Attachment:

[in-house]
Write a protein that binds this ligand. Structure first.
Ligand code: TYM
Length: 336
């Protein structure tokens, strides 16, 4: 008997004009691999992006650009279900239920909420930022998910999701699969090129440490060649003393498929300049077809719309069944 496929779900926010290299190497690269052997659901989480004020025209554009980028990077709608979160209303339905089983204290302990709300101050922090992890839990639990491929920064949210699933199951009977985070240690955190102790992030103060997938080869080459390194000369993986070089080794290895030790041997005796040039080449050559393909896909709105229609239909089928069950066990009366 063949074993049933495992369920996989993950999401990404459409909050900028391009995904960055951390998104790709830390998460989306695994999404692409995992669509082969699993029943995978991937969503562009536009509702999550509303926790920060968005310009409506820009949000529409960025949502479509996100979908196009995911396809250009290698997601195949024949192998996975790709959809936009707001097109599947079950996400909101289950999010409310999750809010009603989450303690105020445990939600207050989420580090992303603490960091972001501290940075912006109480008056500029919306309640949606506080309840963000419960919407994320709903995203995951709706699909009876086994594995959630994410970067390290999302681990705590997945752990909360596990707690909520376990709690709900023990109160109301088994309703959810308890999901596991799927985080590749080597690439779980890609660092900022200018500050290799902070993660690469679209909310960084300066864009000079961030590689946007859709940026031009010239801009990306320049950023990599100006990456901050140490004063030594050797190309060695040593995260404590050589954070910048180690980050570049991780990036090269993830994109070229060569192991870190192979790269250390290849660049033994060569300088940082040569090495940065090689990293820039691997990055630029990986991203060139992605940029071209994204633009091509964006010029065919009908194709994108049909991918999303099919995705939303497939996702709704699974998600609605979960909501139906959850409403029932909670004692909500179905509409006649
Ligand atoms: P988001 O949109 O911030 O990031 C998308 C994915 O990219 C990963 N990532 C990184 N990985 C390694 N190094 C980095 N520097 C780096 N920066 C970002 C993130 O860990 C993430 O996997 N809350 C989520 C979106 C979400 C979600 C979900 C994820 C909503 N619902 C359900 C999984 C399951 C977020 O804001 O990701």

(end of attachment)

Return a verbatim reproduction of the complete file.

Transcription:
[in-house]
Write a protein that binds this ligand. Structure first.
Ligand code: TYM
Length: 336
């Protein structure tokens, strides 16, 4: 008997004009691999992006650009279900239920909420930022998910999701699969090129440490060649003393498929300049077809719309069944 496929779900926010290299190497690269052997659901989480004020025209554009980028990077709608979160209303339905089983204290302990709300101050922090992890839990639990491929920064949210699933199951009977985070240690955190102790992030103060997938080869080459390194000369993986070089080794290895030790041997005796040039080449050559393909896909709105229609239909089928069950066990009366 063949074993049933495992369920996989993950999401990404459409909050900028391009995904960055951390998104790709830390998460989306695994999404692409995992669509082969699993029943995978991937969503562009536009509702999550509303926790920060968005310009409506820009949000529409960025949502479509996100979908196009995911396809250009290698997601195949024949192998996975790709959809936009707001097109599947079950996400909101289950999010409310999750809010009603989450303690105020445990939600207050989420580090992303603490960091972001501290940075912006109480008056500029919306309640949606506080309840963000419960919407994320709903995203995951709706699909009876086994594995959630994410970067390290999302681990705590997945752990909360596990707690909520376990709690709900023990109160109301088994309703959810308890999901596991799927985080590749080597690439779980890609660092900022200018500050290799902070993660690469679209909310960084300066864009000079961030590689946007859709940026031009010239801009990306320049950023990599100006990456901050140490004063030594050797190309060695040593995260404590050589954070910048180690980050570049991780990036090269993830994109070229060569192991870190192979790269250390290849660049033994060569300088940082040569090495940065090689990293820039691997990055630029990986991203060139992605940029071209994204633009091509964006010029065919009908194709994108049909991918999303099919995705939303497939996702709704699974998600609605979960909501139906959850409403029932909670004692909500179905509409006649
Ligand atoms: P988001 O949109 O911030 O990031 C998308 C994915 O990219 C990963 N990532 C990184 N990985 C390694 N190094 C980095 N520097 C780096 N920066 C970002 C993130 O860990 C993430 O996997 N809350 C989520 C979106 C979400 C979600 C979900 C994820 C909503 N619902 C359900 C999984 C399951 C977020 O804001 O990701």